As the President explained, the Edward M. Kennedy Serve America Act is about "connecting deeds to needs" – it will open tremendous new avenues of opportunity for Americans to help their country get back on the right track in those many areas where government cannot do it all.

Get involved, and let us know what you’re doing.

The President and King Abdullah on Peace in the Middle East

Tuesday, April 21st, 2009 at 2:17 pm
The President and King Abdullah on Peace in the Middle East
Today the President held a one-on-one meeting with King Abdullah of Jordan in the Personal Dining Room at the White House, followed by an expanded meeting in the Oval Office.

(President Barack Obama is seen having tea with King Abdullah of Jordan in a one-on-one meeting
Tuesday, April 21, 2009, at the White House. White House Photo/Pete Souza)

Having discussed a wide range of issues concerning the Middle East during the meeting, from terrorism in the region, to Afghanistan, Iran, and the global economic crisis, the two leaders then gave remarks to the press. The President said King Abdullah "represents a modern approach to foreign policy-making in the Middle East," and King Abdullah in turn offered "warm thanks on behalf of many Arabs and Muslims who really had an outstanding response to the President's outreach to the Muslim Arab world." The bulk of the time, however, was spent on questions regarding Israel and Palestine:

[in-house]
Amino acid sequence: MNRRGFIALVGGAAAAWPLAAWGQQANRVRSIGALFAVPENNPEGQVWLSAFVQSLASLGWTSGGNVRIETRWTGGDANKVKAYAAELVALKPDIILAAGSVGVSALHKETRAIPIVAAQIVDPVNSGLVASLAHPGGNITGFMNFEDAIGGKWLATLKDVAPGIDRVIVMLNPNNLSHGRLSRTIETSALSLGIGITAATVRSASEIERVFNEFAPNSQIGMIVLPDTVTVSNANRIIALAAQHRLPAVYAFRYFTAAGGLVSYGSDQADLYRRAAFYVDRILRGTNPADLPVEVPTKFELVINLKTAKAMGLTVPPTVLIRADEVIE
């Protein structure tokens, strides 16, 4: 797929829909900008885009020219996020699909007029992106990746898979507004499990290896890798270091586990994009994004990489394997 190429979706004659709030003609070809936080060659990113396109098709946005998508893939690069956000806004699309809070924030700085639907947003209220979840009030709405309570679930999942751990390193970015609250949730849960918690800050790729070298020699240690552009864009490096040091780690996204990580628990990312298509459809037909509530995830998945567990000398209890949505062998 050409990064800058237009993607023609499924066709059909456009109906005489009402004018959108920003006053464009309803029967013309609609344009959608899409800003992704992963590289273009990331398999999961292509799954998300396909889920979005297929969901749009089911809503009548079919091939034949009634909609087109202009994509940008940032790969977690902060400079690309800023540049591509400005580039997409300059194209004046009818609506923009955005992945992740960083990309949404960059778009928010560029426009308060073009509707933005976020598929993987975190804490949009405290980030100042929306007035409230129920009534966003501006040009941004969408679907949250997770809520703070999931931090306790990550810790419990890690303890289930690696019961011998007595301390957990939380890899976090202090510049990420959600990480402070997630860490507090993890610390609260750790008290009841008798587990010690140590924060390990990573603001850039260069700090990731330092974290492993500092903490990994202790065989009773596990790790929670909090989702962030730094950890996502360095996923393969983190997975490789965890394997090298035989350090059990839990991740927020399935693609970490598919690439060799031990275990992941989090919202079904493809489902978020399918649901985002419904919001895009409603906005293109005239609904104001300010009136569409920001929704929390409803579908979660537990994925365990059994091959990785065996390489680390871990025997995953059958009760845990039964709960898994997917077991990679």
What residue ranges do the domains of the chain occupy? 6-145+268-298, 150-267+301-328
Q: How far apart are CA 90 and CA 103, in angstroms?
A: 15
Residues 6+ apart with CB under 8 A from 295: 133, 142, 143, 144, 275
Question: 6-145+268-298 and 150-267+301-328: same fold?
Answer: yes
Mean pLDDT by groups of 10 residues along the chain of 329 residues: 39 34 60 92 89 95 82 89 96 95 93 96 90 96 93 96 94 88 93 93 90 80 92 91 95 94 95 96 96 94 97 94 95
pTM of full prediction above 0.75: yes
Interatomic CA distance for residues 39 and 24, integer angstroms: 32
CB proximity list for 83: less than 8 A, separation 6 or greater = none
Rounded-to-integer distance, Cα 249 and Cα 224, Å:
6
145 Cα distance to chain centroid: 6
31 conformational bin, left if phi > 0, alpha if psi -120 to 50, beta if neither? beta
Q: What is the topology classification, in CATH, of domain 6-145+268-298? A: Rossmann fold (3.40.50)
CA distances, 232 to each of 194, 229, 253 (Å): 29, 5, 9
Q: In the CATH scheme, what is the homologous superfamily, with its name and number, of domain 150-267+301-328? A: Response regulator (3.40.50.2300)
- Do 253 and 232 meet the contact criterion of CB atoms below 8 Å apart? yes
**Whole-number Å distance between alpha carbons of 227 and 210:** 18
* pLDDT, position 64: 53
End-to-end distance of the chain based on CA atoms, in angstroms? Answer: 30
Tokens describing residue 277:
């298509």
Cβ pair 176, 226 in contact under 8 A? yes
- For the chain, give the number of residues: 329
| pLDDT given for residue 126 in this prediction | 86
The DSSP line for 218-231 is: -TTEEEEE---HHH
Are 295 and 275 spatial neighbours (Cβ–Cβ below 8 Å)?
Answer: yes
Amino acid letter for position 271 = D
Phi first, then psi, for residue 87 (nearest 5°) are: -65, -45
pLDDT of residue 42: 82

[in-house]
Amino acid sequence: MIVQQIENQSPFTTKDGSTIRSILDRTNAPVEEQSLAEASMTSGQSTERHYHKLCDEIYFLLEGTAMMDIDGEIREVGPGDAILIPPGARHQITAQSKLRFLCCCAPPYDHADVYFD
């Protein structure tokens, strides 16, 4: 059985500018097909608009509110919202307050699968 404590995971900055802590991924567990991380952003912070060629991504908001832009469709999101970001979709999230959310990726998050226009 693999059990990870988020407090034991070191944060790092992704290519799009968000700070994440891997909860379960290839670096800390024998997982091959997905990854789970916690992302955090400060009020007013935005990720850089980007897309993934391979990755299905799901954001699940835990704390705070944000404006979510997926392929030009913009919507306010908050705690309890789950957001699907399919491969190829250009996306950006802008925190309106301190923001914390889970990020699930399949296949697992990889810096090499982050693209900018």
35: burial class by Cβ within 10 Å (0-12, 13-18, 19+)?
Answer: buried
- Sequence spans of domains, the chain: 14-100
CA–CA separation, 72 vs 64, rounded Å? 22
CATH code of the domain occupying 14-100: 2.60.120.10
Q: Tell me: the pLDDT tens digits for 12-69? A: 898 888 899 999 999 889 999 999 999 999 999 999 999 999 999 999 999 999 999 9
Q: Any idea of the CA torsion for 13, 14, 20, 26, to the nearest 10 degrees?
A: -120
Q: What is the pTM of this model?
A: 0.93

Q I just want to follow on the previous question. You sent Senator Mitchell to the region to listen. Is he done with the listening now and -- because all the signals we have from the Israeli government basically that they are not in favor of the two-state solution. The opposition is strongly advocating that.

So I wanted to ask also His Majesty, President Obama said that there is positive elements within the Arab Peace Initiative, but he didn't say what he disagree about. Can you tell us if you have noticed any tangible results, what the disagreement with that, and can the Arab Peace Initiative be the base now for a peace process in the Middle East?

PRESIDENT OBAMA: Well, first of all, I think it is very important to recognize that the Israelis now have had a government for a few weeks and it was a very complicated process for them to put a coalition together. So I think more listening needs to be done. They are going to have to formulate and I think solidify their position. So George Mitchell will continue to listen both to Arab partners, to the Palestinians, as well as the Israelis.

But I agree that we can't talk forever; that at some point, steps have to be taken so that people can see progress on the ground. And that will be something that we will expect to take place in the coming months and we will help hopefully to drive a process where each side is willing to build confidence.

I am a strong supporter of a two-state solution. I have articulated that publically and I will articulate that privately. And I think that there are a lot of Israelis who also believe in a two-state solution. Unfortunately, right now what we've seen not just in Israel but within the Palestinian Territories, among the Arab states, worldwide, is a profound cynicism about the possibility of any progress being made whatsoever.